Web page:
Madeleine Evans, product director, World University Rankings, is leading this new area of business and explains that the student audience has distinct needs, both from a data perspective and in terms of the content students are seeking to help them make the right choices.
“We’re used to dealing with the academic audience, but like universities that now have to compete globally for students, we’ve had to build up our expertise to understand the student audience, too,” Evans explains. “Our starting point is that we have an incredibly valuable student resource in the rankings: we can be confident about that because they have been coming to us in their millions, even though our focus traditionally has been on the academic and institutional audience.
“In many ways that’s the perfect audience – one that comes to you even though you haven’t been chasing it. It highlights the extent to which students are now making global choices about where to study and where to make that investment in their future.
“We’re acutely aware of our responsibility to help them make the right decision. We will be drawing on our long heritage of working with universities in a spirit of collaboration, but also with the integrity that is the foundation of THE’s approach, to ensure we reward their trust.”
Evans points out that research by international student recruitment agency IDP has shown that a university’s global reputation – embodied by its ranking position – is the number one factor in students’ choice of where to study, beating tuition fees, location and even course content.
She adds that the same research found the THE World University Rankings to be the most trusted of the competing global rankings systems. With the release of eight THE rankings planned for 2015-16, the team expects to reach more than 17 million individuals, many of whom will be using the tables to help evaluate options for undergraduate or postgraduate study.
One of the innovations to have been introduced to the THE website this year is a university search environment, separate from the ranking tables, with profiles of more than 1,000 global institutions.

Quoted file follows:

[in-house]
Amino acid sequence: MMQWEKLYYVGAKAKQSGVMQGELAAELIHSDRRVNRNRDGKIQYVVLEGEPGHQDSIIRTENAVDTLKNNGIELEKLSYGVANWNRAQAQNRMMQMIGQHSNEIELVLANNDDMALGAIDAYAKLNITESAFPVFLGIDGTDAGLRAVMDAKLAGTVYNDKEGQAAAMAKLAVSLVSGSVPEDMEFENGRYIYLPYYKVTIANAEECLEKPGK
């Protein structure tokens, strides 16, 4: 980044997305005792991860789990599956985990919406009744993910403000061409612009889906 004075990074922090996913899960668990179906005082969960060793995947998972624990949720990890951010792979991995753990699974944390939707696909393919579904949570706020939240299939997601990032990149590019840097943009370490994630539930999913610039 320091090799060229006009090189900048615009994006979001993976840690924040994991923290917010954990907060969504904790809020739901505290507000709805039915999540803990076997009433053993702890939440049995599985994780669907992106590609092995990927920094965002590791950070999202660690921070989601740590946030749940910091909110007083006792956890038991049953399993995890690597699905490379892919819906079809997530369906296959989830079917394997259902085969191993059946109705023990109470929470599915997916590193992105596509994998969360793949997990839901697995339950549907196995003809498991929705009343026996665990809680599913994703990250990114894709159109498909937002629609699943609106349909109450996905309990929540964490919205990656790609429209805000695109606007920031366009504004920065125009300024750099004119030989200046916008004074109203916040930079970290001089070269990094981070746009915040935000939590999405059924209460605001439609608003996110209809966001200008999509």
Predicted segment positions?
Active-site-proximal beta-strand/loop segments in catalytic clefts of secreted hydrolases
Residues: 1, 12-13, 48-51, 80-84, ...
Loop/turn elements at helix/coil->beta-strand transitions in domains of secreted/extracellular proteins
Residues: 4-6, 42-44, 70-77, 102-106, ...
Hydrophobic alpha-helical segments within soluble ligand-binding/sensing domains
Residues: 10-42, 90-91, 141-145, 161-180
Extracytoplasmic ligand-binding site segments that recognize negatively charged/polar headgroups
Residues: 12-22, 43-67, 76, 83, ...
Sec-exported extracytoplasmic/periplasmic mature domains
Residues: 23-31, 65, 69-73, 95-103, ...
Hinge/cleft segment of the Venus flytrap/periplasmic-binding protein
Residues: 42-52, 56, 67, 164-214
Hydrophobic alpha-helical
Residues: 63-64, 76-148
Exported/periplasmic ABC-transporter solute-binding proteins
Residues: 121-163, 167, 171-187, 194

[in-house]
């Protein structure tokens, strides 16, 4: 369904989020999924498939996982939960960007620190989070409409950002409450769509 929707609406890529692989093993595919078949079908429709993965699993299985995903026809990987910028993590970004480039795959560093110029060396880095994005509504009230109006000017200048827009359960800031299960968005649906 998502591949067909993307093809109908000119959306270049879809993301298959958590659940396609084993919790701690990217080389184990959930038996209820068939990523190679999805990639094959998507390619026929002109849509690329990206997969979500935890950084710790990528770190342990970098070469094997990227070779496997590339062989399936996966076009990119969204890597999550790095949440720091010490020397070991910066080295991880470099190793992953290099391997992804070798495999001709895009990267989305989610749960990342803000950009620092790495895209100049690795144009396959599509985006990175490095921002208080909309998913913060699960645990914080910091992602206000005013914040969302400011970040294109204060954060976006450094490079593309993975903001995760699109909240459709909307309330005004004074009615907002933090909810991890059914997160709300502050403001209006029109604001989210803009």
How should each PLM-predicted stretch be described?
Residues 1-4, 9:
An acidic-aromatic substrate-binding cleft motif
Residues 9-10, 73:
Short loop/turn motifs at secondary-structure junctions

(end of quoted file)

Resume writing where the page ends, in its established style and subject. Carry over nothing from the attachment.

These profiles and the associated student-facing platform will allow universities to tailor their messages to the student audience more effectively, says Evans.
For the first time, the profiles will allow students to easily dig into the institutional strengths of the universities that interest them. A new system of badges will also highlight the key performance areas in which each institution excels.
THE Branding Solutions
This approach is important because points of differentiation matter hugely in a globalised higher education system.
At a time when all research-intensive universities are striving to be “world class”, with overlapping missions and priorities, the market can start to look increasingly homogeneous, making it harder than ever for students to make informed choices.
Universities face a similar problem at the academic level, as they seek to carve out global reputations in specific fields and build the most valuable partnerships and collaborations.
This is one of the reasons why rankings have become so important to globally engaged institutions. As Sir Steve Smith, vice-chancellor of the University of Exeter, explained in a recent interview with THE: “It’s the concept of assortative mating: if you are seventh in the world, you don’t mate with number 497.” Ambitious global universities “have to be in that research grouping at the top”, he added. “It’s not ‘nice to have’, it’s essential.”
This ambition to improve performance and climb up the rankings is shared by serious research universities around the world, and highlights the importance of a strong global profile.